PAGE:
Surface Laptop Go

Good for: Frequent travelers and students.

The newest member of the Surface family, the Surface Laptop Go is sort of a cross between the highly portable Surface Go and the more traditional Surface Laptop. Basically, think of it as the Surface model to get it you want something that’s particularly thin and light but don’t want a 2-in-1 convertible or detachable.

It has a 12.4-inch display and somewhat Chromebook-like specs (Intel Core i5, 4 gigabytes of memory, and 64GB of solid state storage) that are fine for midrange tasks, but you wouldn’t want to edit video or try to manage a large photo library with it.

Microsoft Surface Pro 7

Good for: Students, artists, and office professionals.

The Surface Pro 7, released in 2019, is similar to the Surface Laptop 3 in terms of specs, but it has the detachable keyboard. That means it can handle typical productivity work—and quickly convert to a high-tech sketchboard for use with the included Surface Pen.

Microsoft Surface Pro X

Good for: Frequent travelers and consumers with basic needs.

The Surface Pro X, which was released in fall 2019, is somewhat difficult to understand and explain.

It has a 13-inch display that can be physically detached from the keyboard. That makes it a good pick if you plan on using it like a digital sketchpad or tablet. It also has pretty good battery life, topping out at around 11 hours in our tests, making it a good travel companion.

Where things get tricky is its use of an ARM (as opposed to Intel) processor. Not only is this processor a little on the slow side compared with the Intel processors found in other Surface devices, but you may run into some software compatibility issues. Our testers, for example, couldn’t run certain antivirus software. Microsoft maintains a list of apps that might not run on the Pro X; be sure to consult it before purchasing this laptop.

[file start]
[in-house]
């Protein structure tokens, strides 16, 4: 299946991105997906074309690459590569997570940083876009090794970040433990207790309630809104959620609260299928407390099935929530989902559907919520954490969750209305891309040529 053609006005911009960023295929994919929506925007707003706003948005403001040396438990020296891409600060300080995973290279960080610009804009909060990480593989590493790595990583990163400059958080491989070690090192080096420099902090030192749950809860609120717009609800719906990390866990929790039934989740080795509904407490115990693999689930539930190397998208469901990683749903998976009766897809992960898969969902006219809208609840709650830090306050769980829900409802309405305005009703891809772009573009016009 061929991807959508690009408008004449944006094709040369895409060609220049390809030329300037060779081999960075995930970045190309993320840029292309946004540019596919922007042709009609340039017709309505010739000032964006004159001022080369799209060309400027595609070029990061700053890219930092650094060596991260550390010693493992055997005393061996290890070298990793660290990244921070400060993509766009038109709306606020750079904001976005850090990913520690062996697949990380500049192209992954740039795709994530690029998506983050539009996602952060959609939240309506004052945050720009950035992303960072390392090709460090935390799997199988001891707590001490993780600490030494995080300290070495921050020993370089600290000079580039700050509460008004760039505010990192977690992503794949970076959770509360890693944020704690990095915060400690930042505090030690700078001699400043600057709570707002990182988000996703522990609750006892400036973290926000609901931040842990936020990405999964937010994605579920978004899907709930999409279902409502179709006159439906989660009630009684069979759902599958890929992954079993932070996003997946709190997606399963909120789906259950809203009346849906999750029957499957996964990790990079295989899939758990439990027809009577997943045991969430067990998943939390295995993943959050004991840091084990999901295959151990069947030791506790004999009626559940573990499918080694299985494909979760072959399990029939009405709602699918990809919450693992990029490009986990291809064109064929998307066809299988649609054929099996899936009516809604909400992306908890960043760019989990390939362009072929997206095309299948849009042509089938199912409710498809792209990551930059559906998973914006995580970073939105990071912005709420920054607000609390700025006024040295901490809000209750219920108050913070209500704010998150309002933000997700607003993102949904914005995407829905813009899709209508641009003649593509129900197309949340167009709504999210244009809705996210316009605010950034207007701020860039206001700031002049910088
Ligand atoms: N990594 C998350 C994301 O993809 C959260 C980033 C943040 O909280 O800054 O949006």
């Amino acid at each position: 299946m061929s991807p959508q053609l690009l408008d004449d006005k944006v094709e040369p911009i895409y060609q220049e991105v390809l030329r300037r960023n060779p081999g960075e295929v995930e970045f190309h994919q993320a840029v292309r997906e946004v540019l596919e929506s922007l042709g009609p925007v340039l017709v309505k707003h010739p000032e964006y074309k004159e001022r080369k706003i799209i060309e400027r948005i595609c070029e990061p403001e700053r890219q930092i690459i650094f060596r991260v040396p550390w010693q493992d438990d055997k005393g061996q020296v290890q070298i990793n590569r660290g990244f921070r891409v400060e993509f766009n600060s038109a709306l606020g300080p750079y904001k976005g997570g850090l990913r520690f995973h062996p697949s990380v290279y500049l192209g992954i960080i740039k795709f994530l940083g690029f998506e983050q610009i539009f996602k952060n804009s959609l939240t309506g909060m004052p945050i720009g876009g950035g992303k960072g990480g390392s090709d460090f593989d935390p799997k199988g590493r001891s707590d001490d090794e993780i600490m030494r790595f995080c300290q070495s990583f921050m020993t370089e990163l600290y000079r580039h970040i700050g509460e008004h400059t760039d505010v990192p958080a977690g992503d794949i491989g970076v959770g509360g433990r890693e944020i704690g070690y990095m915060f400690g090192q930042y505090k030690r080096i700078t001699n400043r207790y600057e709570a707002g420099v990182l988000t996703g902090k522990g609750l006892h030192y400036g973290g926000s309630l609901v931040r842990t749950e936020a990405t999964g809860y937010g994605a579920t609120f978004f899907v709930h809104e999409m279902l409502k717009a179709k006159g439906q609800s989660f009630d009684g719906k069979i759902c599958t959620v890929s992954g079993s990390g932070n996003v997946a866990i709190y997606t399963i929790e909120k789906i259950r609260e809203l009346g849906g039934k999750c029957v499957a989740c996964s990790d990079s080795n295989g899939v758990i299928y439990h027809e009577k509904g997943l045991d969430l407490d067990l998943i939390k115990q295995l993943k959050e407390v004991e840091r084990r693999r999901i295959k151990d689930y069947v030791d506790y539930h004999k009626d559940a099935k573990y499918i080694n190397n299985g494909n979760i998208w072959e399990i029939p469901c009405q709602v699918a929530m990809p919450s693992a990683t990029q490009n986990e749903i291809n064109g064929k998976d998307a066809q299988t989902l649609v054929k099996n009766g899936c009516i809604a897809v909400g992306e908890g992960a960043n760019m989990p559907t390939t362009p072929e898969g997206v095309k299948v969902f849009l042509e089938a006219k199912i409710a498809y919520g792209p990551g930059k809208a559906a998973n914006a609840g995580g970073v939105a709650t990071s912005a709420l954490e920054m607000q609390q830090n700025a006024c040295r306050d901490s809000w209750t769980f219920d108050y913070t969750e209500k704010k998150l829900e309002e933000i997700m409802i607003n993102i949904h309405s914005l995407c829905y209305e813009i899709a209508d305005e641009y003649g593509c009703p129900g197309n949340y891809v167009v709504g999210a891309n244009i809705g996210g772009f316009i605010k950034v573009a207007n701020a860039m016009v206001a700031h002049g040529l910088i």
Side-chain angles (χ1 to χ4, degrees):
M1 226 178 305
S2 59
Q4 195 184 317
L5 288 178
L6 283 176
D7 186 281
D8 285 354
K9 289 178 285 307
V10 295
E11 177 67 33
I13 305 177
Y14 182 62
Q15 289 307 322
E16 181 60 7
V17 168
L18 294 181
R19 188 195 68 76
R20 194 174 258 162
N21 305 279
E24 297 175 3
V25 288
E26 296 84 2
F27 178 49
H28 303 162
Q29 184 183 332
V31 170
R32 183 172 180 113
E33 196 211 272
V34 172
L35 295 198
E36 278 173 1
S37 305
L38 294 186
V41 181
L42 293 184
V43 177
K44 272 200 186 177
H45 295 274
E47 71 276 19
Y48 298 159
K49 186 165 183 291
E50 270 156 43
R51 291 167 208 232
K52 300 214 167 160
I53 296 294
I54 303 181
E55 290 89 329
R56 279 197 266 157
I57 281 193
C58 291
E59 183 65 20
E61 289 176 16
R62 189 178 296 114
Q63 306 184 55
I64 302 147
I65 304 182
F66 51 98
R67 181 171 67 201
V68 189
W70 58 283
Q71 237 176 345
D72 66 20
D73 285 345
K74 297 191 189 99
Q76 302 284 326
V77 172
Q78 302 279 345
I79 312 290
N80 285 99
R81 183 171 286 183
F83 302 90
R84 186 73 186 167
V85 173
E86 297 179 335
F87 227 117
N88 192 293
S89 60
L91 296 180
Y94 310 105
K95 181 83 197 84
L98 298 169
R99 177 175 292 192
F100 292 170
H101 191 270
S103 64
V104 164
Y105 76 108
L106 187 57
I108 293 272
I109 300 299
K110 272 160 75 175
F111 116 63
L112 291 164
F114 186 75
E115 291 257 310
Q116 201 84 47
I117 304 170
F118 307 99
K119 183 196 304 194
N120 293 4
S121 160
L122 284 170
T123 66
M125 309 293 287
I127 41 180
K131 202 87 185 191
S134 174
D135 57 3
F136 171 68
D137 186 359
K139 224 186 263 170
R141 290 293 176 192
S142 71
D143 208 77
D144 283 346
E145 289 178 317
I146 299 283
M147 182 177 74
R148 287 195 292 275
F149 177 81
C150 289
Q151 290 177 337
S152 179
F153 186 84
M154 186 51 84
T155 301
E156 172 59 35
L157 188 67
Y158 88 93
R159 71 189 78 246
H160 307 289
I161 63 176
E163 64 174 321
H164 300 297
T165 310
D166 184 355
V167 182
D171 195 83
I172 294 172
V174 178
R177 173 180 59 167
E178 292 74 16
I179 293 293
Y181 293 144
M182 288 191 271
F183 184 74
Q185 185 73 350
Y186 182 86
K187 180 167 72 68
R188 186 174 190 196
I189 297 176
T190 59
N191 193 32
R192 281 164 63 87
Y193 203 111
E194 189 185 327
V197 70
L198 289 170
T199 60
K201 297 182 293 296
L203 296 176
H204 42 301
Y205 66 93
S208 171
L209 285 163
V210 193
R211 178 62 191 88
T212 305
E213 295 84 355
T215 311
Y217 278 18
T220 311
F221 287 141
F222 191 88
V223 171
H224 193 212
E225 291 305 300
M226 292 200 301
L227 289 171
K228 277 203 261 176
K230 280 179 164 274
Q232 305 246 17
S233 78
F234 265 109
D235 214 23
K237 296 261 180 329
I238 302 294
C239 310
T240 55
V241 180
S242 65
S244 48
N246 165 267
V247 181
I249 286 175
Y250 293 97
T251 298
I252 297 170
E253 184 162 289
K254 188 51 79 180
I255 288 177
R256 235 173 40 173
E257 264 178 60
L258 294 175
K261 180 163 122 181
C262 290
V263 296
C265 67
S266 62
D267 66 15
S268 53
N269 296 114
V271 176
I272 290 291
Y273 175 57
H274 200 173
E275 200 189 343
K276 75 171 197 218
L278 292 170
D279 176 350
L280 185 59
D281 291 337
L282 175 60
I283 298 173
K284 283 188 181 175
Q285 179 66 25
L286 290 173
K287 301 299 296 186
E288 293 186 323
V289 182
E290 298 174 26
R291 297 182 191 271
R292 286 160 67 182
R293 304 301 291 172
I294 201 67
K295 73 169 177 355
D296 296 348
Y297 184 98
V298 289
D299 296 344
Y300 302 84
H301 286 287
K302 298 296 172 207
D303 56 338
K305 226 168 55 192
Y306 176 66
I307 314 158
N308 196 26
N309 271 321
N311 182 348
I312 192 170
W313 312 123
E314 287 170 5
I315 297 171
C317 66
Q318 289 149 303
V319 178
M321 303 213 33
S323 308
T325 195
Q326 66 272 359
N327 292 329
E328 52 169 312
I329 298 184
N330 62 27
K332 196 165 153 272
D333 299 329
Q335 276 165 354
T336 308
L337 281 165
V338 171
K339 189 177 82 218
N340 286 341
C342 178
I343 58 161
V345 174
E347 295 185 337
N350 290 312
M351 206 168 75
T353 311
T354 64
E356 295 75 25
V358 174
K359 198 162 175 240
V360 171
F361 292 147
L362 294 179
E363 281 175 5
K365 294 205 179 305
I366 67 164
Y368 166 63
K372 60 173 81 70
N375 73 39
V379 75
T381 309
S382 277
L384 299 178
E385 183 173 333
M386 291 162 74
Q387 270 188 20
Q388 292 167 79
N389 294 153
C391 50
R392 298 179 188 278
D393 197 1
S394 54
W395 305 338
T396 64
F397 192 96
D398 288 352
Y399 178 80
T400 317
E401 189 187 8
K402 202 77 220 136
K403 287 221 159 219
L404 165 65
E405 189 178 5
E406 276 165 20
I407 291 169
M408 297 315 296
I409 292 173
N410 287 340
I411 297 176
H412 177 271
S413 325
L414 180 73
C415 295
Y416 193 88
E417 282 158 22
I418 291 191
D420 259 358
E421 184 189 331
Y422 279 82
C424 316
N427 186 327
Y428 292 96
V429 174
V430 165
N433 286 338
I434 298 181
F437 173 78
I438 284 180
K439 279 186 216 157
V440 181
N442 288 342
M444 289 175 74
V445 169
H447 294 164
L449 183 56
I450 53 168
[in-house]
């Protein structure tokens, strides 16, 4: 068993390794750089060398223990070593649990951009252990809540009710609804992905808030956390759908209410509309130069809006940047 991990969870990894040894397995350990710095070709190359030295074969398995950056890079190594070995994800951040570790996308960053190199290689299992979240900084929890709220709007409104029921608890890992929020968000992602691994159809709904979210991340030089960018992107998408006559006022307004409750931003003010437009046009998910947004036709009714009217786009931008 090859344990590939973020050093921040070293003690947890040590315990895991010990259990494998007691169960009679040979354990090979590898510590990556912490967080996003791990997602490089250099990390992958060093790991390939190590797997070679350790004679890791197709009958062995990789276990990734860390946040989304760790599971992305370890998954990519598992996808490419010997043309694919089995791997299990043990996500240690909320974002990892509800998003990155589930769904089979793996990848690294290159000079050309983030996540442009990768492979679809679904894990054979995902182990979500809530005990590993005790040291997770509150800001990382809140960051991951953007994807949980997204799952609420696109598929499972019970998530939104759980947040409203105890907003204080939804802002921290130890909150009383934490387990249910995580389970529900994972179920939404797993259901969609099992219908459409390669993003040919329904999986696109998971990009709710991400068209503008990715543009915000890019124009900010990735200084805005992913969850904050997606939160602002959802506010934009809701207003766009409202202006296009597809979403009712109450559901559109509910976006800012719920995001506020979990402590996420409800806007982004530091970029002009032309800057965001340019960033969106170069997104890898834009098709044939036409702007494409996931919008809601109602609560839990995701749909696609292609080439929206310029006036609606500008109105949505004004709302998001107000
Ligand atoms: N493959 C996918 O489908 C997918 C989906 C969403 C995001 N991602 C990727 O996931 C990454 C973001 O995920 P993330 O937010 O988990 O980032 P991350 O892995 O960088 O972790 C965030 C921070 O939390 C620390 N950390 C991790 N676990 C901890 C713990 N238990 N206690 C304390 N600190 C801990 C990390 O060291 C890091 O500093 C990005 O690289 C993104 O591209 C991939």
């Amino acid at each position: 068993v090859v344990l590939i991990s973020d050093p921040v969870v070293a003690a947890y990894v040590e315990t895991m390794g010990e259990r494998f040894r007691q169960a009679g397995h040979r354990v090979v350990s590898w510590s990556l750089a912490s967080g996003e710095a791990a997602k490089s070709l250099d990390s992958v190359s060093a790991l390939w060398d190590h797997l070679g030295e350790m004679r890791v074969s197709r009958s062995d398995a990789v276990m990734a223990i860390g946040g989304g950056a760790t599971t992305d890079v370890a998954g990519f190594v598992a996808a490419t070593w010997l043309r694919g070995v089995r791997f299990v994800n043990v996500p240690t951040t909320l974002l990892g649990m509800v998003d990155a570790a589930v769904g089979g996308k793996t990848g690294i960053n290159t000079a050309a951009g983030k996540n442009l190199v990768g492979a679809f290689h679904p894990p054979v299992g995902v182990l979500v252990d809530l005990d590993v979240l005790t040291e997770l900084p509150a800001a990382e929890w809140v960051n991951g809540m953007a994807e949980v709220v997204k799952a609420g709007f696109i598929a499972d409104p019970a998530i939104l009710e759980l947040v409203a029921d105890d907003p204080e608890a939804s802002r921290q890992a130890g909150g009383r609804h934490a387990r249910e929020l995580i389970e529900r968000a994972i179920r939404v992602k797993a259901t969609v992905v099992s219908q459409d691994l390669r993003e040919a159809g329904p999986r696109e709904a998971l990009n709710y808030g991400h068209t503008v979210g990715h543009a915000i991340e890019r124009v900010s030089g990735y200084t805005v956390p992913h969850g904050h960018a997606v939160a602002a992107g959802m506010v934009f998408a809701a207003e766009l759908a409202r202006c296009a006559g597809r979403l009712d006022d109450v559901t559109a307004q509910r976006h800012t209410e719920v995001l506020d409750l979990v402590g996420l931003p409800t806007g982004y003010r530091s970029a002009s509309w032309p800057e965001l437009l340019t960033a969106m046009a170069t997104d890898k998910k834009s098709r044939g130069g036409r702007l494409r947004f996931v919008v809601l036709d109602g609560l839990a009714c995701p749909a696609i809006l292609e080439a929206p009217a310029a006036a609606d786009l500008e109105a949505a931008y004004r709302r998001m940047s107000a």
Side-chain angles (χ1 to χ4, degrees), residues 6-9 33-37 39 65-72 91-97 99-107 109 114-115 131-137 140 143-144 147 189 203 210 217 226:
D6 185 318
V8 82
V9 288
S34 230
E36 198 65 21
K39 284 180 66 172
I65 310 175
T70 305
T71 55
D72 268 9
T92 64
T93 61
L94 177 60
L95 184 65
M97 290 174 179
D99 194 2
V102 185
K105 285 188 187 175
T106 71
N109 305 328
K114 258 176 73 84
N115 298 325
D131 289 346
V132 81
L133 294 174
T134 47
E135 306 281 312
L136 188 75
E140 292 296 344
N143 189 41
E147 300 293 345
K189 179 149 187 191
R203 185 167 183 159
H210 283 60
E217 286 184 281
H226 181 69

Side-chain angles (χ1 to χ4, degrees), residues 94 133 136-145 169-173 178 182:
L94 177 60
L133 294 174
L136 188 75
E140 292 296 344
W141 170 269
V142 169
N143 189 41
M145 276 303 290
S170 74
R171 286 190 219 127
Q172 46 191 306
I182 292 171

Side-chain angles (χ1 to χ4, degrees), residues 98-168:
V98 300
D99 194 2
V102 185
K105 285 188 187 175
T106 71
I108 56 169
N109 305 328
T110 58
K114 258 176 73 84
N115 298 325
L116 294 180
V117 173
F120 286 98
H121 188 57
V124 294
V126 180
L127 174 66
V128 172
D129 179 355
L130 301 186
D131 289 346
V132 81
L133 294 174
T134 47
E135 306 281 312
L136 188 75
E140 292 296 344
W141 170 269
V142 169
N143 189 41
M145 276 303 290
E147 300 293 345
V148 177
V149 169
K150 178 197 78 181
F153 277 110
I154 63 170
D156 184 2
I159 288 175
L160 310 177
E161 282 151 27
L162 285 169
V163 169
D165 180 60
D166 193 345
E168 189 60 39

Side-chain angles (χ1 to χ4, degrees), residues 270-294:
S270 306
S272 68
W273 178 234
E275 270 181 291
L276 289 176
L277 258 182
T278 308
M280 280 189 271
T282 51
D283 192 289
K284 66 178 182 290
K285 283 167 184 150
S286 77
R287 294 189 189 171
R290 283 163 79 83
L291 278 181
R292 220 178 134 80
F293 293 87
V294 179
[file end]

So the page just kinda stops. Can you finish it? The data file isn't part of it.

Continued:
Microsoft Surface Laptop 3

Good for: Students and office professionals.

This Surface is sort of like Apple’s MacBook Air: a good all-around laptop that puts reasonable power inside a thin-and-light package. Like the Air, it’s a traditional notebook, which means you can’t remove the keyboard or bend it behind the display to use as a tablet. As such it’s probably not a great pick if you’re into drawing with a stylus or taking digital handwritten notes using apps such as Microsoft OneNote.

The model we tested had an Intel Core i5 processor, 8 gigabytes of memory, and 256GB of solid state storage. That’s about average for a midrange laptop heading into 2021, but you’ll probably want more memory and storage space if you intend to regularly work with large photo and video files.

Headshot image of Electronics editor Nicholas Deleon

Nicholas De Leon

I've been covering consumer electronics for more than 10 years for publications like TechCrunch, The Daily (R.I.P.), and Motherboard. When I'm not researching or writing about laptops or headphones I can likely be found obsessively consuming news about FC Barcelona, replaying old Super Nintendo games for the hundredth time, or chasing my pet corgi Winston to put his harness on so we can go for a walk. Follow me on Twitter (@nicholasadeleon).